This introduces the concept of academic rigour: for all research to be considered as valuable we must conduct that research within a recognised framework. Our research can be pure/fundamental or applied. As a process we question our knowledge and improve our understanding, which requires documentation to a standard together with the use and application of methods and tools.

Research is understood to follow a certain structural process.

Observations and Formation of the topic: Consists of the subject area of one’s interest and following that subject area to conduct subject related research. The subject area should not be randomly chosen since it requires reading a vast amount of literature on the topic to determine the gap in the literature the researcher intends to narrow. A keen interest in the chosen subject area is advisable. The research will have to be justified by linking its importance to already existing knowledge about the topic.

Hypothesis

A testable prediction which designates the relationship between two or more variables.

Conceptual definition

Description of a concept by relating it to other concepts.

Operational definition

Details in regards to defining the variables and how they will be measured/assessed in the study.

Gathering of data

Consists of identifying a population and selecting samples, gathering information from and/or about these samples by using specific research instruments. The instruments used for data collection must be valid and reliable.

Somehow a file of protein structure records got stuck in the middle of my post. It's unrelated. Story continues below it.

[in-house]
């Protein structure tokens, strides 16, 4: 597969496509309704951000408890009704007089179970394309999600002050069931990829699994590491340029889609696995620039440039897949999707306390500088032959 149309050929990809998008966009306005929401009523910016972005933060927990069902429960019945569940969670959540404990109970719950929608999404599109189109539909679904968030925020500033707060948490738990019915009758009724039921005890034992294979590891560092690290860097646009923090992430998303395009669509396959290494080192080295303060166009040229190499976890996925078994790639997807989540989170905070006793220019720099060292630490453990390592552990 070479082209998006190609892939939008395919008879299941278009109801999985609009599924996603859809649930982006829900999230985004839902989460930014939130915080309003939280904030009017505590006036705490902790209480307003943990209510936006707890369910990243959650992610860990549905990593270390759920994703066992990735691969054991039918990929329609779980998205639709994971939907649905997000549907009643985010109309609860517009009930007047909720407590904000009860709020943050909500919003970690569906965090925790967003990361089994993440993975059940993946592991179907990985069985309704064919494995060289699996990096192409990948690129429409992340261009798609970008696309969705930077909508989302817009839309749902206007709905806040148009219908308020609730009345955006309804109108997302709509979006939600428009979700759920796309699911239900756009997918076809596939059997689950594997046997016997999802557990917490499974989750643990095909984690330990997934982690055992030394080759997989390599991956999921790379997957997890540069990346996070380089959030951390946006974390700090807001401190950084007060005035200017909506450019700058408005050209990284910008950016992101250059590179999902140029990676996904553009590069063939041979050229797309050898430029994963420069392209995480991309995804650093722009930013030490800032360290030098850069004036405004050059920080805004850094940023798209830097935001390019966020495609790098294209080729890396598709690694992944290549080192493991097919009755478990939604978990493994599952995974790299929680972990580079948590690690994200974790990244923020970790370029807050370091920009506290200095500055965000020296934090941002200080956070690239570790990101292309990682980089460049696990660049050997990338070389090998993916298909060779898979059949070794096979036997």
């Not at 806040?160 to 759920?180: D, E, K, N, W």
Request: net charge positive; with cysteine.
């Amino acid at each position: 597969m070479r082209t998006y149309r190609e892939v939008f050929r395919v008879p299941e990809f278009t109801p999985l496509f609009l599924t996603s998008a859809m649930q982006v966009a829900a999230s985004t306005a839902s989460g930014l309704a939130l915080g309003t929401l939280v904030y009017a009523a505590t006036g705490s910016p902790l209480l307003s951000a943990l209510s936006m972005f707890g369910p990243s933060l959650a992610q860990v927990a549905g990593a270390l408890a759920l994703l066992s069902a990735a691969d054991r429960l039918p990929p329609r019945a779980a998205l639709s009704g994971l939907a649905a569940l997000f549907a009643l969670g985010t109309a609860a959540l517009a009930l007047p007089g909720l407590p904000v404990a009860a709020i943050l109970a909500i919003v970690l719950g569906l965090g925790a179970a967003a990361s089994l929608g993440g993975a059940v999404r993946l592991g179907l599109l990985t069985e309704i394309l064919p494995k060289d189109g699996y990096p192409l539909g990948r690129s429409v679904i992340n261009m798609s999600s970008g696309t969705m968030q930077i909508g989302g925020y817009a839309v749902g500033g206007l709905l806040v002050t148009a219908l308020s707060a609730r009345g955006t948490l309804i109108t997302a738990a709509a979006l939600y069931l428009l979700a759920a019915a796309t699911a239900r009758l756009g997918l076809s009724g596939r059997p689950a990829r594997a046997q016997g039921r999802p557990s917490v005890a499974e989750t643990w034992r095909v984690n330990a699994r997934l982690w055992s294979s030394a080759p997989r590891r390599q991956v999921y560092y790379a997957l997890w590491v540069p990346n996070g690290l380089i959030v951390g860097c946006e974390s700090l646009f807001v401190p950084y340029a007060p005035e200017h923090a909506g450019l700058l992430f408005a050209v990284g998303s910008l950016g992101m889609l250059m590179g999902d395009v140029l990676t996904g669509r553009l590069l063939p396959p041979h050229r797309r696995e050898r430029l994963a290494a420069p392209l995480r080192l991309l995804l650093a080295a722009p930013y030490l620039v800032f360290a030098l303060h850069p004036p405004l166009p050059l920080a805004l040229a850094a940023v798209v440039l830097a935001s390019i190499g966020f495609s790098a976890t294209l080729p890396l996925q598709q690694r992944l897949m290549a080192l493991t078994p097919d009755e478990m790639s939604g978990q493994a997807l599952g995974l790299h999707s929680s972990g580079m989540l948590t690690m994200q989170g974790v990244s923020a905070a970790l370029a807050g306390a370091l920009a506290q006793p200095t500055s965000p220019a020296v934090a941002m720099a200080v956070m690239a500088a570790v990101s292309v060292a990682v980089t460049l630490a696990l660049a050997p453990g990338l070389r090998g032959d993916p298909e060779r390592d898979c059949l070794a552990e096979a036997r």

Analysis of data

Involves breaking down the individual pieces of data in order to draw conclusions about it.

Data Interpretation

This can be represented through tables, figures and pictures, and then described in words.

Test

revising of hypothesis

Conclusion

reiteration if necessary

 

“The definition of the scientific method, even amongst many scientists, is seen as some holy grail of science that achieves absolute and unarguable proof.” (Experiment-Resources.com, 2012)

Is the scientific method is verses creationism?

Science and its’ quest for clarity and definitions looks at the nature of research in three different ways:

1.       deductive reasoning

2.       inductive reasoning

3.       abductive reasoning

By far the simplest explanation of these classifications of reasoning is pictorially with an example, see figures 1 to 3.

Figure 2 Deduction Reasoning